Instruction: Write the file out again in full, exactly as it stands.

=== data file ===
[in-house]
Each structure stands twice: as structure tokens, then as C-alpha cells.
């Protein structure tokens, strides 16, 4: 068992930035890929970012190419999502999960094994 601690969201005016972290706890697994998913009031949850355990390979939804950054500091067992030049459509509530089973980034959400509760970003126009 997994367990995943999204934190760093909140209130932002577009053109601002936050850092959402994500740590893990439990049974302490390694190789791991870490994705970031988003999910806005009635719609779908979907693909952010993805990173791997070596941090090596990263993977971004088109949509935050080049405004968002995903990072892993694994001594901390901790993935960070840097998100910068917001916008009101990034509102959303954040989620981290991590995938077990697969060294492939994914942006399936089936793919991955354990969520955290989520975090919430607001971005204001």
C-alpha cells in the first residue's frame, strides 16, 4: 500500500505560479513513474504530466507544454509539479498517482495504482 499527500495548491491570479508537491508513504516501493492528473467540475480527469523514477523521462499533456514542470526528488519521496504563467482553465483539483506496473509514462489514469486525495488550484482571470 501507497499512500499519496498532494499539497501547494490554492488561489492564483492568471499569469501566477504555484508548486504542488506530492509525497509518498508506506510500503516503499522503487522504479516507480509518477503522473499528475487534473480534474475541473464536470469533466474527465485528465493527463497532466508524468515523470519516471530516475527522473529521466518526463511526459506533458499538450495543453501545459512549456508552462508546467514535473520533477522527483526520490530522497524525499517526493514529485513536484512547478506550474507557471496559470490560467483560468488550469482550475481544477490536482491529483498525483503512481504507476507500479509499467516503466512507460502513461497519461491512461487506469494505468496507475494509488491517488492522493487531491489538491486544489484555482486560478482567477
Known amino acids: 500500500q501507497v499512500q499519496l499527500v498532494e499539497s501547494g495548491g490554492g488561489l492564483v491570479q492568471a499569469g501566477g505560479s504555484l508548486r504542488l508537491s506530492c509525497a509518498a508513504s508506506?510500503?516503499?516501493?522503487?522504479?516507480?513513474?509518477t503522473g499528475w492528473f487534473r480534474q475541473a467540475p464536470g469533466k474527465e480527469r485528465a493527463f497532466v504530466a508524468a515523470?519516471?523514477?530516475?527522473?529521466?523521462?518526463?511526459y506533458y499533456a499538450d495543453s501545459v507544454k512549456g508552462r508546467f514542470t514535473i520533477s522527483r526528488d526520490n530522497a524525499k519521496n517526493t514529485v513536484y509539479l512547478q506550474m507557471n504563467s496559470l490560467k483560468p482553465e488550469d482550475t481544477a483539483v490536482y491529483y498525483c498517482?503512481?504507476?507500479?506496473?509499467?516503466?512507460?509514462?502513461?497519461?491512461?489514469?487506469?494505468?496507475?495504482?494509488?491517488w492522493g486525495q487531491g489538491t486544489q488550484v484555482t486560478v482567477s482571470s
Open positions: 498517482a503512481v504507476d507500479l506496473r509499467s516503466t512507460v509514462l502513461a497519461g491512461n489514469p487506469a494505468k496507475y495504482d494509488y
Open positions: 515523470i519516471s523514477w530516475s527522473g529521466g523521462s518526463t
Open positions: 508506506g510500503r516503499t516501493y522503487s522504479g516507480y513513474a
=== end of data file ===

[in-house]
Each structure stands twice: as structure tokens, then as C-alpha cells.
């Protein structure tokens, strides 16, 4: 068992930035890929970012190419999502999960094994 601690969201005016972290706890697994998913009031949850355990390979939804950054500091067992030049459509509530089973980034959400509760970003126009 997994367990995943999204934190760093909140209130932002577009053109601002936050850092959402994500740590893990439990049974302490390694190789791991870490994705970031988003999910806005009635719609779908979907693909952010993805990173791997070596941090090596990263993977971004088109949509935050080049405004968002995903990072892993694994001594901390901790993935960070840097998100910068917001916008009101990034509102959303954040989620981290991590995938077990697969060294492939994914942006399936089936793919991955354990969520955290989520975090919430607001971005204001």
C-alpha cells in the first residue's frame, strides 16, 4: 500500500505560479513513474504530466507544454509539479498517482495504482 499527500495548491491570479508537491508513504516501493492528473467540475480527469523514477523521462499533456514542470526528488519521496504563467482553465483539483506496473509514462489514469486525495488550484482571470 501507497499512500499519496498532494499539497501547494490554492488561489492564483492568471499569469501566477504555484508548486504542488506530492509525497509518498508506506510500503516503499522503487522504479516507480509518477503522473499528475487534473480534474475541473464536470469533466474527465485528465493527463497532466508524468515523470519516471530516475527522473529521466518526463511526459506533458499538450495543453501545459512549456508552462508546467514535473520533477522527483526520490530522497524525499517526493514529485513536484512547478506550474507557471496559470490560467483560468488550469482550475481544477490536482491529483498525483503512481504507476507500479509499467516503466512507460502513461497519461491512461487506469494505468496507475494509488491517488492522493487531491489538491486544489484555482486560478482567477
Known amino acids: 500500500q501507497v499512500q499519496l499527500v498532494e499539497s501547494g495548491g490554492g488561489l492564483v491570479q492568471a499569469g501566477g505560479s504555484l508548486r504542488l508537491s506530492c509525497a509518498a508513504s508506506?510500503?516503499?516501493?522503487?522504479?516507480?513513474?509518477t503522473g499528475w492528473f487534473r480534474q475541473a467540475p464536470g469533466k474527465e480527469r485528465a493527463f497532466v504530466a508524468a515523470?519516471?523514477?530516475?527522473?529521466?523521462?518526463?511526459y506533458y499533456a499538450d495543453s501545459v507544454k512549456g508552462r508546467f514542470t514535473i520533477s522527483r526528488d526520490n530522497a524525499k519521496n517526493t514529485v513536484y509539479l512547478q506550474m507557471n504563467s496559470l490560467k483560468p482553465e488550469d482550475t481544477a483539483v490536482y491529483y498525483c498517482?503512481?504507476?507500479?506496473?509499467?516503466?512507460?509514462?502513461?497519461?491512461?489514469?487506469?494505468?496507475?495504482?494509488?491517488w492522493g486525495q487531491g489538491t486544489q488550484v484555482t486560478v482567477s482571470s
Open positions: 498517482a503512481v504507476d507500479l506496473r509499467s516503466t512507460v509514462l502513461a497519461g491512461n489514469p487506469a494505468k496507475y495504482d494509488y
Open positions: 515523470i519516471s523514477w530516475s527522473g529521466g523521462s518526463t
Open positions: 508506506g510500503r516503499t516501493y522503487s522504479g516507480y513513474a